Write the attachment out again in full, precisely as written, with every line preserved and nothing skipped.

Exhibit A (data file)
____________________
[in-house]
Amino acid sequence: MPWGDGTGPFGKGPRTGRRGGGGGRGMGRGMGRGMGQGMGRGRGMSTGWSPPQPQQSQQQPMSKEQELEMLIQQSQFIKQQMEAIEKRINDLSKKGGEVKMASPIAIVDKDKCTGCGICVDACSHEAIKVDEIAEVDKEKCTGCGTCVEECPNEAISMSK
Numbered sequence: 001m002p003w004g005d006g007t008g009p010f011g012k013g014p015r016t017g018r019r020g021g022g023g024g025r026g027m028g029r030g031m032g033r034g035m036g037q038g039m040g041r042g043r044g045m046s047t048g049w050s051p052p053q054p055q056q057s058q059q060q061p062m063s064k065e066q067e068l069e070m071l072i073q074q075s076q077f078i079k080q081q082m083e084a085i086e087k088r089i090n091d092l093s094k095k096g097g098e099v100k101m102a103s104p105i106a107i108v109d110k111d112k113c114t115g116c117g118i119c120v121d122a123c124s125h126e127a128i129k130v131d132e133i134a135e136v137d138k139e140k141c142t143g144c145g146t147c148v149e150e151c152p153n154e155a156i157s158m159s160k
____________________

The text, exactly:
[in-house]
Amino acid sequence: MPWGDGTGPFGKGPRTGRRGGGGGRGMGRGMGRGMGQGMGRGRGMSTGWSPPQPQQSQQQPMSKEQELEMLIQQSQFIKQQMEAIEKRINDLSKKGGEVKMASPIAIVDKDKCTGCGICVDACSHEAIKVDEIAEVDKEKCTGCGTCVEECPNEAISMSK
Numbered sequence: 001m002p003w004g005d006g007t008g009p010f011g012k013g014p015r016t017g018r019r020g021g022g023g024g025r026g027m028g029r030g031m032g033r034g035m036g037q038g039m040g041r042g043r044g045m046s047t048g049w050s051p052p053q054p055q056q057s058q059q060q061p062m063s064k065e066q067e068l069e070m071l072i073q074q075s076q077f078i079k080q081q082m083e084a085i086e087k088r089i090n091d092l093s094k095k096g097g098e099v100k101m102a103s104p105i106a107i108v109d110k111d112k113c114t115g116c117g118i119c120v121d122a123c124s125h126e127a128i129k130v131d132e133i134a135e136v137d138k139e140k141c142t143g144c145g146t147c148v149e150e151c152p153n154e155a156i157s158m159s160k